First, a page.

Although many view the social networking site LinkedIn as just an online Rolodex or a business version of Facebook, it is actually much more than that.  The Groups section of LinkedIn is a powerful online forum in which you can market yourself to new customers or clients, or even engage with your professional peers on neutral territory.

A LinkedIn Group is an online forum set up by an existing LinkedIn user which others can also join to partake in discussion or make new connections.  LinkedIn Groups are set up to reflect a variety of interests or subjects, whether it be a group for a company’s customer base, a group for an industry’s practitioners to debate emerging trends, a group to reflect a geographical area, or a group to host online discussions in regards to a particular conference or event.

What is a LinkedIn Group?
Join a Group on LinkedIn to make the most of the network.
Image via Shutterstock

Different LinkedIn Groups have different settings and permissions depending on the preferences of the Group Manager.  Some Groups are ‘open’ groups, which means that LinkedIn users can join the forum without being vetted, whereas membership of others are dependent on being approved by that Group Manager.

Your ability to post or comment in a LinkedIn Group again depends on the settings of the Group in question.  Each member of a LinkedIn Group can start a discussion within that group, but occasionally that new discussion has to be approved by the Group Manager of that group before it is make public (it is classified as ‘pending’ when this happens).  All members of a LinkedIn Group should be able to comment freely on all posts within a LinkedIn Group, although there are occasions when this is not possible.

To find a Groups on LinkedIn that you want to join, click on the “Groups” tab followed by  the “Groups You May Like”.  You will then be presented with a list of groups based on your LinkedIn activity (such as your LinkedIn Profile or membership of other LinkedIn Groups). You will also find subgroups in this list, which are specific subsets of larger Groups for particular subjects or interests.

Another method of finding groups is to use the Search options on LinkedIn in the top right hand corner using appropriate keywords, or you can look at which Groups your key LinkedIn Connections belong to.  You can also see a list of all available LinkedIn Groups by clicking on the “Group Directories” option under the “Groups” tab.

Please note that there is an upper limit of 50 Groups that any one LinkedIn user can belong to, although some Groups have Sub Groups that you can also join and which are not counted as part of the allocation of 50.

Once you’ve been accepted into a LinkedIn Group you can start reviewing discussions started by other members or even post your own discussion.  Most groups are moderated, so ensure that you are only posting discussions that are relevant to the group or otherwise your comments may be flagged up by other users as ‘spam’, which will limit your permissions on LinkedIn while the issue is being disputed.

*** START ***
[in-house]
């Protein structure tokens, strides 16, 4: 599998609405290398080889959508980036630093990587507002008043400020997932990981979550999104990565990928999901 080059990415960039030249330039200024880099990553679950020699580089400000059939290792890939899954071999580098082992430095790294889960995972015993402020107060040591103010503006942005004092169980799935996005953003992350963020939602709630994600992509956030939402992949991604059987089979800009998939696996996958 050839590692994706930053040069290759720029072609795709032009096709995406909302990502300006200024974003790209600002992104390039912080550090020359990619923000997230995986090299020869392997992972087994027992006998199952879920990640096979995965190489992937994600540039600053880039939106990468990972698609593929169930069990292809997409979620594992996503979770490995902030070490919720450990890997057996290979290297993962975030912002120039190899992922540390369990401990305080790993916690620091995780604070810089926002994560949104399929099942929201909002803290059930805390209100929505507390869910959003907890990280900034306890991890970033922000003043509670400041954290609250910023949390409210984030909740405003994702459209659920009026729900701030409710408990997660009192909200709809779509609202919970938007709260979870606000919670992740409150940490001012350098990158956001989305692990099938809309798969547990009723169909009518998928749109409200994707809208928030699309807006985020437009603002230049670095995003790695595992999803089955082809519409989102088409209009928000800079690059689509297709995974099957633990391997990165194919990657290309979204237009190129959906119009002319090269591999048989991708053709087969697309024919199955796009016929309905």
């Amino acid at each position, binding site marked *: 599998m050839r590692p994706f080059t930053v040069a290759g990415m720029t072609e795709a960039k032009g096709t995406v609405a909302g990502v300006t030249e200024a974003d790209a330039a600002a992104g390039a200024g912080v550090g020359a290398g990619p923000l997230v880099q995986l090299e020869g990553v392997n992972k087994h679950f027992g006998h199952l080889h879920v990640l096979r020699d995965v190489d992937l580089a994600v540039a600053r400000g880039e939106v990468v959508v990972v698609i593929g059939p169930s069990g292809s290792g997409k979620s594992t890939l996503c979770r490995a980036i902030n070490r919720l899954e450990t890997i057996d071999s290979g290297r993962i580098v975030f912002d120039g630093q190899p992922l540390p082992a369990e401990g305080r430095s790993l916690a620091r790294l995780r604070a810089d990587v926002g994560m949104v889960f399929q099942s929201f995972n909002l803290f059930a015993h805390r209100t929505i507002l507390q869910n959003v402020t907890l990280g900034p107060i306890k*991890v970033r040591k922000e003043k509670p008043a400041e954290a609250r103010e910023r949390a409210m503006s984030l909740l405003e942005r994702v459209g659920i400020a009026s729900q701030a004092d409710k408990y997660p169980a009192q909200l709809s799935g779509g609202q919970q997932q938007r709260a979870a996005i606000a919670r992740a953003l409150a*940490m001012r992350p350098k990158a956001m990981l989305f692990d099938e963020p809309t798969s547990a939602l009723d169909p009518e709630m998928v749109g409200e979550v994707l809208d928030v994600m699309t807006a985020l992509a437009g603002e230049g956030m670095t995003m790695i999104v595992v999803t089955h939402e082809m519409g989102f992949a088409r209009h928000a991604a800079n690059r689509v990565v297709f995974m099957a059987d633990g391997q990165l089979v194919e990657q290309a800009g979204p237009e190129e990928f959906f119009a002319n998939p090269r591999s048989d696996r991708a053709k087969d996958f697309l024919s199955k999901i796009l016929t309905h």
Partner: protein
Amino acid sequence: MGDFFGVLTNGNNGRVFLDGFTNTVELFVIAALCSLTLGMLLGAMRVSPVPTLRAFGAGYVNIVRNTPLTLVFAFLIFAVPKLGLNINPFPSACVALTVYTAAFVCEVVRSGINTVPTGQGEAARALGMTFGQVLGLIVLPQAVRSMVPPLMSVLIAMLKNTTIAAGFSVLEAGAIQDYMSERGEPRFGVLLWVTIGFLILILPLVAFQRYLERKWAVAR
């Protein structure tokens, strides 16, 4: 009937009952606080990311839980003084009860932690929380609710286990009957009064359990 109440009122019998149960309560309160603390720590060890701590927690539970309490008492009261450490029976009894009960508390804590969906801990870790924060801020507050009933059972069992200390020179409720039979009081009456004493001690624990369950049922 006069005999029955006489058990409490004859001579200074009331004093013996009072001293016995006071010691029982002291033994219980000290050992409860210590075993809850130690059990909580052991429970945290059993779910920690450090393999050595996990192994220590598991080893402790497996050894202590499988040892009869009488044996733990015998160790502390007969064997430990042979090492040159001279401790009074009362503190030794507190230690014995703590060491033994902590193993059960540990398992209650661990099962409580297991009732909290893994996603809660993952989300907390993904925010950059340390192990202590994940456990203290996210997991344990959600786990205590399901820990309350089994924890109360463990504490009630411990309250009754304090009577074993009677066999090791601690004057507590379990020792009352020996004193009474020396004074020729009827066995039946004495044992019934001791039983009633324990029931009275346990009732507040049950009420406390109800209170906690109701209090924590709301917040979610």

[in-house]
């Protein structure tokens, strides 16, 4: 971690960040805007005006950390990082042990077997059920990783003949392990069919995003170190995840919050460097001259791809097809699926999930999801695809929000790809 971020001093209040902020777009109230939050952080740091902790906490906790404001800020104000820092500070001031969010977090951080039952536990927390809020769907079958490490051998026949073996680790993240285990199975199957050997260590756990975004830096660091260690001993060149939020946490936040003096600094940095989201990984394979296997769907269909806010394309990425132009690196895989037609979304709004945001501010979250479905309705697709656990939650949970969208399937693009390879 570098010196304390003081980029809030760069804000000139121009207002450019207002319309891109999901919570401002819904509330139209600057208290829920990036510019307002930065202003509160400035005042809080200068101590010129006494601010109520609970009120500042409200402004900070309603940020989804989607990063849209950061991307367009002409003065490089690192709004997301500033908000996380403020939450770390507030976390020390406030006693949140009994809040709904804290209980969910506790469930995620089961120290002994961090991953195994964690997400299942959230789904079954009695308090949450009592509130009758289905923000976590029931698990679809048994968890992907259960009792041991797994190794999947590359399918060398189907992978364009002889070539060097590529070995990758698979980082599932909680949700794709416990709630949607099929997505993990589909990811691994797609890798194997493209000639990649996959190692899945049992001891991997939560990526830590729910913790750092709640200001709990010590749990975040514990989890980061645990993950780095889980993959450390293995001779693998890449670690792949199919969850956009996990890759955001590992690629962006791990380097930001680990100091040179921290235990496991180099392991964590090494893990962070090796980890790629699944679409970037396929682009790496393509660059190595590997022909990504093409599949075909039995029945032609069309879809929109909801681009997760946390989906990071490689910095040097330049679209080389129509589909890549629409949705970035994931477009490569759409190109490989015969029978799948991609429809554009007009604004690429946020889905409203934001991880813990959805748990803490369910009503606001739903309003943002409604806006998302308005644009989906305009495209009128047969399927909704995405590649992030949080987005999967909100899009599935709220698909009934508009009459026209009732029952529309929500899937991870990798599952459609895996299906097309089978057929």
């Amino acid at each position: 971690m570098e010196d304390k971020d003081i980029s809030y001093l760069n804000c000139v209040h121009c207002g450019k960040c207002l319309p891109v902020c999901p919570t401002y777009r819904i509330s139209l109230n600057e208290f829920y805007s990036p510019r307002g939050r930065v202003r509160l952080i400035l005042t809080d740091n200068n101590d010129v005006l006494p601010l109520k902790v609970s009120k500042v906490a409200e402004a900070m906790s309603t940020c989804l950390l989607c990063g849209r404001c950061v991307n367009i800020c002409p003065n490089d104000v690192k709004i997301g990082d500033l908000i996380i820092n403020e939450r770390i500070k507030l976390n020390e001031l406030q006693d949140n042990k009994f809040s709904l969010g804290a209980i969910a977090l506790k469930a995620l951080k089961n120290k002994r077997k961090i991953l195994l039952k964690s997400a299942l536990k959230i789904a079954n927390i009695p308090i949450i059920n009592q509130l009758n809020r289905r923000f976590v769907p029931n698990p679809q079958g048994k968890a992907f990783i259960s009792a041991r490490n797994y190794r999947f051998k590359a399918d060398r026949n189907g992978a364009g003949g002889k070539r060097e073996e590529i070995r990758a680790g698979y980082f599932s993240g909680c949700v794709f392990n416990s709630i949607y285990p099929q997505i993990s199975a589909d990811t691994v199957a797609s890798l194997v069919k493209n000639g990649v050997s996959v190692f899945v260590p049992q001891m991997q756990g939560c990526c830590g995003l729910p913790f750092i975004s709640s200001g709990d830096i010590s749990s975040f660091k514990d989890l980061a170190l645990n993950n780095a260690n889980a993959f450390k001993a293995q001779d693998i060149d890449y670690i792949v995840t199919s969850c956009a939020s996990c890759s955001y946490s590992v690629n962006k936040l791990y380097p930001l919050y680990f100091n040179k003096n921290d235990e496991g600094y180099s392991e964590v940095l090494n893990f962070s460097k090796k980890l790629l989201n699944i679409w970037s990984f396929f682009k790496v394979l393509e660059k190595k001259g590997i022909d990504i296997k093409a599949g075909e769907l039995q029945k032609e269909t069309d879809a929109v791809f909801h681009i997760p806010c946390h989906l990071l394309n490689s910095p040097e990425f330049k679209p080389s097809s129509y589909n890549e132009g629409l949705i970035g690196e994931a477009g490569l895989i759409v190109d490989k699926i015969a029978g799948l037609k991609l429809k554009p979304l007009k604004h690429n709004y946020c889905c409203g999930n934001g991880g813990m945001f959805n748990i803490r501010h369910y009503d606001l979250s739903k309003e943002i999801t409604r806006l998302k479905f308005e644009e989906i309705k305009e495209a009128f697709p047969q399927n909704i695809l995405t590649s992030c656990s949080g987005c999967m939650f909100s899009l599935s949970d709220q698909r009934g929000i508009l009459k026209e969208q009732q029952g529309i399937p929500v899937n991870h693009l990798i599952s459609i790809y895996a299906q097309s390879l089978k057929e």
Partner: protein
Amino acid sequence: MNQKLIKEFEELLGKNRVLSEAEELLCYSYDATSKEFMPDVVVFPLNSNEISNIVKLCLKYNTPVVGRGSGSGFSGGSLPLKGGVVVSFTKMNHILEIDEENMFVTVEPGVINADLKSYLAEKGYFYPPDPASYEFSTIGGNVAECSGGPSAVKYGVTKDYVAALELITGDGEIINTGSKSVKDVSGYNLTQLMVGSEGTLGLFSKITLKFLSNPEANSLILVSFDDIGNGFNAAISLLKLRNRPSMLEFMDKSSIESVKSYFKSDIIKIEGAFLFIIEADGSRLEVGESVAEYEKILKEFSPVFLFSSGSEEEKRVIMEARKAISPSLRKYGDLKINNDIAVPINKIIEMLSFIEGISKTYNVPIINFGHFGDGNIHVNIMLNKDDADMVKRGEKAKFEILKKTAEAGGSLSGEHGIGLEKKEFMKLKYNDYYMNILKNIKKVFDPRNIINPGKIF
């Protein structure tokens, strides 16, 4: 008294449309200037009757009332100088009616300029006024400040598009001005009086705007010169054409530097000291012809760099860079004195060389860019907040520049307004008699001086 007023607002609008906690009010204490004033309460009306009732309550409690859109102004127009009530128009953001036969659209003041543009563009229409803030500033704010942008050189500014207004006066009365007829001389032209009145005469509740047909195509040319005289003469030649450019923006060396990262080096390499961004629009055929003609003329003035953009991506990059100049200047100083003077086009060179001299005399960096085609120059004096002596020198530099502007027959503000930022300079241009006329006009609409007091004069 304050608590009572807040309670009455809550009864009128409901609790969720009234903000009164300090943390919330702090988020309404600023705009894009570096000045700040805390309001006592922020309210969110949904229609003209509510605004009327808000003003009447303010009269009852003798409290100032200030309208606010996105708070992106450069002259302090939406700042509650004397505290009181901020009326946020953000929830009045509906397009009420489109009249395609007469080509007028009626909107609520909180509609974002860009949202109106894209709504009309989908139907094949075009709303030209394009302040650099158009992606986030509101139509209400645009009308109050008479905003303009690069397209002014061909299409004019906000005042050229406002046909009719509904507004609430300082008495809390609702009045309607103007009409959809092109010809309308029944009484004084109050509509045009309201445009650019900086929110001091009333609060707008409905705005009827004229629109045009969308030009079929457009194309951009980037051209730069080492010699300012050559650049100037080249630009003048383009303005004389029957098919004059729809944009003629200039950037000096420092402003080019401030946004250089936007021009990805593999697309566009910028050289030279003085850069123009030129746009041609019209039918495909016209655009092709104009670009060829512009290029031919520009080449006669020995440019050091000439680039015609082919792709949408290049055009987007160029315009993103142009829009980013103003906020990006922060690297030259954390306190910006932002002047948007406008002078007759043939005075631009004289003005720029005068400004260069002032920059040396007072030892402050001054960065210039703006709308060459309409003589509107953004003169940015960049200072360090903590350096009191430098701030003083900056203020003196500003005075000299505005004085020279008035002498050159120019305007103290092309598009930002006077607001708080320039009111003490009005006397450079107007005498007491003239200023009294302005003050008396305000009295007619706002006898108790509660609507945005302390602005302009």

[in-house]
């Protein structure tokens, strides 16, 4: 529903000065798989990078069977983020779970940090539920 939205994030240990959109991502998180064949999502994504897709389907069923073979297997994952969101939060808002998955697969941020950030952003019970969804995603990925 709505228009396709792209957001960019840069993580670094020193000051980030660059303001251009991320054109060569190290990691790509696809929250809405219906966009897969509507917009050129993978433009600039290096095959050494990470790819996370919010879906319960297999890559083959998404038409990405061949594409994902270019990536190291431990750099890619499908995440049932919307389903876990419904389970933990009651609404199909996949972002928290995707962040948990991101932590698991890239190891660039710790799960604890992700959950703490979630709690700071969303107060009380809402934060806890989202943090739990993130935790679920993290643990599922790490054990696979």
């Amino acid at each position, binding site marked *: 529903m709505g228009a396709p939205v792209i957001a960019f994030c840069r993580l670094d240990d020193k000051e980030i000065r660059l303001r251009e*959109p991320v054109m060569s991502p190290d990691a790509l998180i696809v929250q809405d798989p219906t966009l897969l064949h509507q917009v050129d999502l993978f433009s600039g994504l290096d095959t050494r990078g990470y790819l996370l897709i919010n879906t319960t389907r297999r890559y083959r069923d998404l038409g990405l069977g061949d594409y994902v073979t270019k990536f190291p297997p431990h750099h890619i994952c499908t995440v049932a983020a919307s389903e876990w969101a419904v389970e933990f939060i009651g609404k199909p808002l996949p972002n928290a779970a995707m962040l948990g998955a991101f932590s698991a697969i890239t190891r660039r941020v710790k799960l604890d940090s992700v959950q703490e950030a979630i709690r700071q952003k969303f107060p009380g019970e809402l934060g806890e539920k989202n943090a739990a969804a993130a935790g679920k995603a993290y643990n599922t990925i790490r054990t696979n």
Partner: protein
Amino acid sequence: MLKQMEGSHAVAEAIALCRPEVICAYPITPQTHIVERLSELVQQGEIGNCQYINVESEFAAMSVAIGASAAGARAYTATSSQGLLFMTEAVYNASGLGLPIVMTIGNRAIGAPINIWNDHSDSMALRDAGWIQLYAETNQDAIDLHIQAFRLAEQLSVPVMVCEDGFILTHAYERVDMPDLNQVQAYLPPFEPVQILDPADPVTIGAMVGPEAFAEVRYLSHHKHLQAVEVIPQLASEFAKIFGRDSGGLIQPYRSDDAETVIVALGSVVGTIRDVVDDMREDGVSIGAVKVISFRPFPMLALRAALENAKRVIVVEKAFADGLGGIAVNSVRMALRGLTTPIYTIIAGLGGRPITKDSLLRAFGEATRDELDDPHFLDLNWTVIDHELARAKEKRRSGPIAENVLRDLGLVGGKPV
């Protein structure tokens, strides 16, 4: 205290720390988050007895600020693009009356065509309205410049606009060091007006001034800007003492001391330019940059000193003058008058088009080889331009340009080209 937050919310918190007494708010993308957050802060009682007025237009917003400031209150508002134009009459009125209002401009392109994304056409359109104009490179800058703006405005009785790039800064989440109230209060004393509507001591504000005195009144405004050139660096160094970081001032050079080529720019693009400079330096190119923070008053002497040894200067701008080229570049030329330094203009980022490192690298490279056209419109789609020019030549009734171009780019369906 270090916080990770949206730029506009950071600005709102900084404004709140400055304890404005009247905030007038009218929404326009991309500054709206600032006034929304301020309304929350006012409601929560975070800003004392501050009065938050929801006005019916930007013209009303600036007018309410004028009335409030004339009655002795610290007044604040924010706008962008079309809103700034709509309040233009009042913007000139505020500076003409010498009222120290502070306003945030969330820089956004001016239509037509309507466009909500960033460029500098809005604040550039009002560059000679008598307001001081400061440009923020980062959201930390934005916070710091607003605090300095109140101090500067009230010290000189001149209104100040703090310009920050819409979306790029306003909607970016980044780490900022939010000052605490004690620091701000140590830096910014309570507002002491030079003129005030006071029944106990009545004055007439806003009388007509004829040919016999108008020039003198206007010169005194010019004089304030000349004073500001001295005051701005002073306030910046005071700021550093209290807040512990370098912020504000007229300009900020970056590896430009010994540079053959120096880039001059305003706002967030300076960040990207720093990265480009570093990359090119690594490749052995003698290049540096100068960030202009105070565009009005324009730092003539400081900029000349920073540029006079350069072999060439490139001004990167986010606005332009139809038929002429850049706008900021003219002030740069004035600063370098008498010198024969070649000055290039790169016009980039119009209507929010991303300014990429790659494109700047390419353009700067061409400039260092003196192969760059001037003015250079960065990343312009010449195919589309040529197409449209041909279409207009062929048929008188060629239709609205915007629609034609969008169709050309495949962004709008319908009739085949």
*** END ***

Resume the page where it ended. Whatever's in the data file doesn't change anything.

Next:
LinkedIn is increasingly taking a strong line on perceived self-promotion (at the expense of the quality of debate within individual Groups), and users should be mindful that even sharing content from your own company’s website could automatically be flagged as spam by the LinkedIn system (based on the URL of the page that you are sharing) so only post sparingly and in a targeted fashion.  Most issues that may arise with posting content to a Group can be resolved however by discussing the matter with the relevant Group Manager.

Aside from hosting discussions which LinkedIn users can start or comment on, Groups serve a couple of other functions.  Many Groups have a “Jobs” tab, under which Group Members can post or review vacancies, which is a great way of finding employment or sourcing staff.  Some groups also have a “Promotions” tab, which you can post under to highlight overt commercial, self-serving messages  (sales/ offers, services or events) that would not be suitable for the discussions forum.

To change your personal settings within each LinkedIn Group,  select the “More” tab in that Group’s page.  Under the “More” tab you will also find information about the Group Manager, in case you ever need to contact them.

Linkedin Users can, of course, create their own LinkedIn Group rather than join an existing one, but the merits of this (and instructions on how to do this) will be discussed in another, forthcoming Nick Lewis Communications blog entry.

Nick Lewis Communications can provide training in LinkedIn as well as offer professional management of LinkedIn Company Pages. To find out, please e-mail or call 07970 839137.


Nick Lewis is a communications professional with over 15 years’ experience of working in both the private and public sector.

Nick is now using his wealth of skills and experience to help small businesses and organisations adapt to the modern online age. He helps individuals understand the possible successful applications of Social Media for their business and how they can use and monitor online materials and Social Media themselves to meet their professional goals.

Facebook Twitter LinkedIn Google+ YouTube